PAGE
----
Defense wins championships.
It's a cliche statement told time and time again, enough to where it becomes annoying. If defense wins championships, why haven't the Memphis Grizzlies won multiple championships? They defend. Grit-and-grind right? What they leave out is that, with that defense, your offense needs to act as an effective compliment.
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Against the Oklahoma City Thunder, the Grizzlies will need a healthy dosage of the two, but how can a team pile on points when they struggle so much on that end of the floor?
By attacking one of the few chinks in the armor of the Oklahoma City Thunder: lackadaisical defense.
Only two teams allowed more three-point attempts per game (23.8) than the Thunder (CLE, PHI) Considering opponents shot 35.8% from three against the Thunder, ranked the 14th worst percentage in the league, that's not a bad trade-off. But lately that three-point percentage has taken a jump in the wrong direction.
Since the All-Star break, teams are shooting 39.2% from three against the opponent. Here is a list of players that have gone ballistic against the Thunder from behind the arch in that time span:
- Matt Barnes (LAC): 6-of-10
- James Anderson (PHI): 6-of-12
- Gerald Green (PHX): 8-of-13
- Jodie Meeks (LAL): 6-of-11
- Jose Calderon (DAL): 6-of-9
- Patrick Mills (SAS): 5-of-7
- Gerald Green (PHX): 5-of-7
- C.J. Watson (IND): 4-of-7
- Kentavious Caldwell-Pope (DET): 5-of-7
Each of these players hit some tough shots, but the overall defense was shotty.
The Memphis Grizzlies aren't loaded with three-point shooters. Mike Miller is the only true knock-down shooter on the roster. Jon Leuer, Jamal Franklin, and Beno Udrih, a player who'll be thrown into the rotation with Nick Calathes presumably suspended for the entire postseason, both shoot over 45%, but the sample-size is small, especially for Udrih who is shooting 100% from three with Memphis on 2-for-2 shooting. That leaves Courtney Lee (37%) and Mike Conley (36%) as the only capable shooters on the roster.
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A noticeable trend by the Thunder defenders, mainly the wings, was going under screens of capable shooters and guys who enjoy the pull-up jump shot. Look at Patty Mills and Jose Calderon getting wide open, clean looks due to the wing not wanting to fight over the screen.
According to SportsVU, each of the Grizzlies most capable shooters, Conley, Lee and Miller, shoot well on pull-up shots, ranging from 35.6% (Conley) to 54.5% (Miller). Granted the sample size is small as only Conley averages at least one pull-up three per game, but it shows they are capable if the defense chooses to sag back and make life tougher for Marc Gasol and Zach Randolph.
Another area where the Thunder's lackadaisical efforts are shown is in the rotations once a ball-handler penetrates the defense. Kevin Durant overcompensating on Paul George's drive (especially when the two rim defenders are in position) leaves the help defense out of whack as C.J. Watson is left wide open on the wing.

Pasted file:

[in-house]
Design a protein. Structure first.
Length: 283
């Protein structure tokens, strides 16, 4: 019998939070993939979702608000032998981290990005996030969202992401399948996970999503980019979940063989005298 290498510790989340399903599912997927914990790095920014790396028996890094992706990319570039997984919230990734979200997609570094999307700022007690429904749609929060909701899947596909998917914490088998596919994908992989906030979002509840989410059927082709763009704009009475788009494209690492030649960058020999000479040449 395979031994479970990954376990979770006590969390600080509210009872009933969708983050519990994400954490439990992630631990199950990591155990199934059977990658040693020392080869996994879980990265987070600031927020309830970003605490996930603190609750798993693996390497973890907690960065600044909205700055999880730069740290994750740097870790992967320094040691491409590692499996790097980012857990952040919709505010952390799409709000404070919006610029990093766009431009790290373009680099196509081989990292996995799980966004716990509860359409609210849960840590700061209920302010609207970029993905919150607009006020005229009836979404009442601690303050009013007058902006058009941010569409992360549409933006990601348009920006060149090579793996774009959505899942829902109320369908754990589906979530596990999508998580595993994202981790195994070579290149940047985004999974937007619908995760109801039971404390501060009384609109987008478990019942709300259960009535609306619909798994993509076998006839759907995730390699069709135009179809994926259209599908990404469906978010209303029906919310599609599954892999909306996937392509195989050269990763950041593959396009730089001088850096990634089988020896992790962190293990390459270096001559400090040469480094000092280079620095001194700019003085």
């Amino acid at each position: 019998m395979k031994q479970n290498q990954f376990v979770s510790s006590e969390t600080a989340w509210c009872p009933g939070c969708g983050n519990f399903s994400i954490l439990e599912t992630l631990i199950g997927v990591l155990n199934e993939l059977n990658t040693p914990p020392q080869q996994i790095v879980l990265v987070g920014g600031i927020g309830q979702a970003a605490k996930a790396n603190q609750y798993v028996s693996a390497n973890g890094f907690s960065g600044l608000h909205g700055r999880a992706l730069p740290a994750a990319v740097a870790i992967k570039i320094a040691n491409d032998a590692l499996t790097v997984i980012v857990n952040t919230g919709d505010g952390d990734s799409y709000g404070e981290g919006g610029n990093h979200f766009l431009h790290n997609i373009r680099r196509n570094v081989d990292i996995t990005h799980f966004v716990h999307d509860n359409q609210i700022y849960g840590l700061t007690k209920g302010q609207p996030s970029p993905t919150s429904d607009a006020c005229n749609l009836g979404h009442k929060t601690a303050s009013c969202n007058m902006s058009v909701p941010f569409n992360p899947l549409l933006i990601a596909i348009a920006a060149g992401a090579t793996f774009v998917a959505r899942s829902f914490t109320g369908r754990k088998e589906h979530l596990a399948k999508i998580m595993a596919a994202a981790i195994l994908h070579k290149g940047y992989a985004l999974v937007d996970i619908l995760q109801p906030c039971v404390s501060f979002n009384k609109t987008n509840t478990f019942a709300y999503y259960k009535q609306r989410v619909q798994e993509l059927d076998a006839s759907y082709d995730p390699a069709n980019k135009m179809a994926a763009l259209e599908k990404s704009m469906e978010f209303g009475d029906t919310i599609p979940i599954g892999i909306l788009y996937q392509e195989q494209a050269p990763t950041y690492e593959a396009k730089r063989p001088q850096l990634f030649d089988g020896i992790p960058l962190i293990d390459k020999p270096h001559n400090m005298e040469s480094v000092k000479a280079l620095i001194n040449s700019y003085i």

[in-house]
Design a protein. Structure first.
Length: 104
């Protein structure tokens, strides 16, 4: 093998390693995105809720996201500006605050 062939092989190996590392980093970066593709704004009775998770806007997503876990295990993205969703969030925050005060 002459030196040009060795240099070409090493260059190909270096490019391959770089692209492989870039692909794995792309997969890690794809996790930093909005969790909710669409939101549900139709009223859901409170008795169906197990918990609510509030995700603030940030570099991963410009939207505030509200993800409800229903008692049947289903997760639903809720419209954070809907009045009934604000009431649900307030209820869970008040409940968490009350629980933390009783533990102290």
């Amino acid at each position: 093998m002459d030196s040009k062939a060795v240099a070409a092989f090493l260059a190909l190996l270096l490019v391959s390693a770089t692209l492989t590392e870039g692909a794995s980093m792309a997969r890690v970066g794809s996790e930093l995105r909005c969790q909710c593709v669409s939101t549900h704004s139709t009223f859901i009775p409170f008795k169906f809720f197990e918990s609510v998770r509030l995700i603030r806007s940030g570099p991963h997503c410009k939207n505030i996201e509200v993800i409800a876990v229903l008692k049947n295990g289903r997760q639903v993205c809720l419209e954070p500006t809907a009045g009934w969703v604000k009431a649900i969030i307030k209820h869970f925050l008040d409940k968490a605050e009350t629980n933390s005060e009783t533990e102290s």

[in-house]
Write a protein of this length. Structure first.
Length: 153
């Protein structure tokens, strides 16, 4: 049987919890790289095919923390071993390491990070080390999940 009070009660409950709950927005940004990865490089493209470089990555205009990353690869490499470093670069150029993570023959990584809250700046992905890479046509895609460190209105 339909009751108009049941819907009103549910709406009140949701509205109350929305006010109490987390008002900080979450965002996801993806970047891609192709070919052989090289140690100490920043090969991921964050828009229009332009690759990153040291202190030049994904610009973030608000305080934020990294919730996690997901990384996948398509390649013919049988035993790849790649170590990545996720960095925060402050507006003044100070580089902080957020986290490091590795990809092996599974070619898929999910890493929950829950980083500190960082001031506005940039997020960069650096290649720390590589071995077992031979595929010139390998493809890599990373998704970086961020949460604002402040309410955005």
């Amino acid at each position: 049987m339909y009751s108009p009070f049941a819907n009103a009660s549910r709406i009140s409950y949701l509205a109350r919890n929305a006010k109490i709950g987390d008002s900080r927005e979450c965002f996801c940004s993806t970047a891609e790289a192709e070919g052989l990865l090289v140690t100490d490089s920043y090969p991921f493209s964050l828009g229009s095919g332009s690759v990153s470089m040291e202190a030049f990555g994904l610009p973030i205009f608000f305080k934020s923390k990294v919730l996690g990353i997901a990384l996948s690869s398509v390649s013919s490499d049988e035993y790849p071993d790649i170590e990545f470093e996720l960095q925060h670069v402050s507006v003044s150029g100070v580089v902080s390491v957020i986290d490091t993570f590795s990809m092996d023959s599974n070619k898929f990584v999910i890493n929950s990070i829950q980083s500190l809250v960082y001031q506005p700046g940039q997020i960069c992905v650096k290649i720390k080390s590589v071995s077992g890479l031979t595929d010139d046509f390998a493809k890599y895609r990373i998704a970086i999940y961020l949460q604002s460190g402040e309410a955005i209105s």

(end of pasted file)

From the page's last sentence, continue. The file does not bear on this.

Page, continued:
Here is another example of Kevin Durant getting lost once the ball reaches the middle of the floor. It creates a trickle-down effect that ends in a wide-open Jodie Meeks three-pointer.
Another area is the dreaded "helping one pass away". Most notably, Kevin Durant has been seen as a chronic violator of this lately, even when guarding players known for knocking down spot-up threes.
When looking at how the Thunder defended the three, I chose the most recent games for a reason. It's not likely that Scott Brooks changes up the way his team defends the three-point line right before the playoffs.
It's imperative that Memphis' shooters knock-down shots. Not only to free up the inside and create extra lanes for Mike Conley to penetrate, but because the Thunder give up shots there. They've given up shots there for the entire season and as the year wore on, that number increased and the percentage with it.
Hopefully Mike Miller and co. don't go all Shane Battier circa 2011 and miss everything he throws at the rim. Like it cost the team against the Oklahoma City Thunder three years ago, it could well mean an early playoff exit in 2014.
One More Thing:
Here's a nugget that'll be an interesting sub-plot to keep an eye on throughout this series (and playoffs): Going through the tape, one wonders if Kevin Durant is fatigued. With Russell Westbrook out early and often, Durant was forced to increase his output on both sides of the ball to keep the Oklahoma City Thunder afloat in the hectic Western Conference. No Russ meant Durant played every position possible: point-forward, go-to scorer, small-ball power forward, lockdown defender, etc. and over the course of an 82-game season, that load will eventually wear into a player.
The Thunder may not have any championships over the last few seasons, but Durant has played a lot of games and consumed a lot of minutes. Since 2009-10, only Lebron James has played more minutes than Durant, but only by a small margin, besting him 17459 to 17339. We see the lingering affect this has had on the reigning two-time champs in Miami. The same could be happening here.
Looking back into NBA records, the team with the player leading in minutes has never won a championship in the same season.
In the month of April, Durant's shooting splits dropped to 44/25/88 while playing nearly 40 minutes per games. For the average NBA player, that's solid, but for Kevin Durant it's a glaring sign that something is up.
Guarding Tayshaun Prince for the bulk of the series will give him a chance to rest on defense, but the Grizzlies need to use this as an opportunity to keep Durant working. Keep Prince on the move. Force him to guard Mike Miller. Heck, even letting James Johnson get some playing time at the three just so Durant is forced to match his energy could work. Odds are, it'd play in Memphis' favor as they attempt to defeat Oklahoma City.